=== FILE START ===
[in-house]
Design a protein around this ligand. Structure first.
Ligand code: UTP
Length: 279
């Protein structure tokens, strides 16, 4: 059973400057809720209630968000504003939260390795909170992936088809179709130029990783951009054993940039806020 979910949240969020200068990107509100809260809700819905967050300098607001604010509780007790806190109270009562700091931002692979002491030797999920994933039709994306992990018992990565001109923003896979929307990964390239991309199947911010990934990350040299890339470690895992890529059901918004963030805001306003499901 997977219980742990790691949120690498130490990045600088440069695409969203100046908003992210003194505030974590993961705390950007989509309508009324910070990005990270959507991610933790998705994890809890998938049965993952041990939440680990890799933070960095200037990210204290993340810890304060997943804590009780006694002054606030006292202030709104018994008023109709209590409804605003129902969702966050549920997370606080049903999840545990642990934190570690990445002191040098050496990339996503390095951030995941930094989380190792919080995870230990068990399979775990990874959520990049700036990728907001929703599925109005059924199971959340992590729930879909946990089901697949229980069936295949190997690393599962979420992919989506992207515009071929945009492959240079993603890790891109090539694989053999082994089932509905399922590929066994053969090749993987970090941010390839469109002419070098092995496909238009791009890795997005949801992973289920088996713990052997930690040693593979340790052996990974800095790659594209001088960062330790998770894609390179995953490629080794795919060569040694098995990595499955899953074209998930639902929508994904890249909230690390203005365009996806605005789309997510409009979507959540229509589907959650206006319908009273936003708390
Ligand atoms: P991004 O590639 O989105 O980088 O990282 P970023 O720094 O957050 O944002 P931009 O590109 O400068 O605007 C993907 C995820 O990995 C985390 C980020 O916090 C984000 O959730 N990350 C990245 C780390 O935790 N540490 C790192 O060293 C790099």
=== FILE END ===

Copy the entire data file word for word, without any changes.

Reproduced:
[in-house]
Design a protein around this ligand. Structure first.
Ligand code: UTP
Length: 279
């Protein structure tokens, strides 16, 4: 059973400057809720209630968000504003939260390795909170992936088809179709130029990783951009054993940039806020 979910949240969020200068990107509100809260809700819905967050300098607001604010509780007790806190109270009562700091931002692979002491030797999920994933039709994306992990018992990565001109923003896979929307990964390239991309199947911010990934990350040299890339470690895992890529059901918004963030805001306003499901 997977219980742990790691949120690498130490990045600088440069695409969203100046908003992210003194505030974590993961705390950007989509309508009324910070990005990270959507991610933790998705994890809890998938049965993952041990939440680990890799933070960095200037990210204290993340810890304060997943804590009780006694002054606030006292202030709104018994008023109709209590409804605003129902969702966050549920997370606080049903999840545990642990934190570690990445002191040098050496990339996503390095951030995941930094989380190792919080995870230990068990399979775990990874959520990049700036990728907001929703599925109005059924199971959340992590729930879909946990089901697949229980069936295949190997690393599962979420992919989506992207515009071929945009492959240079993603890790891109090539694989053999082994089932509905399922590929066994053969090749993987970090941010390839469109002419070098092995496909238009791009890795997005949801992973289920088996713990052997930690040693593979340790052996990974800095790659594209001088960062330790998770894609390179995953490629080794795919060569040694098995990595499955899953074209998930639902929508994904890249909230690390203005365009996806605005789309997510409009979507959540229509589907959650206006319908009273936003708390
Ligand atoms: P991004 O590639 O989105 O980088 O990282 P970023 O720094 O957050 O944002 P931009 O590109 O400068 O605007 C993907 C995820 O990995 C985390 C980020 O916090 C984000 O959730 N990350 C990245 C780390 O935790 N540490 C790192 O060293 C790099």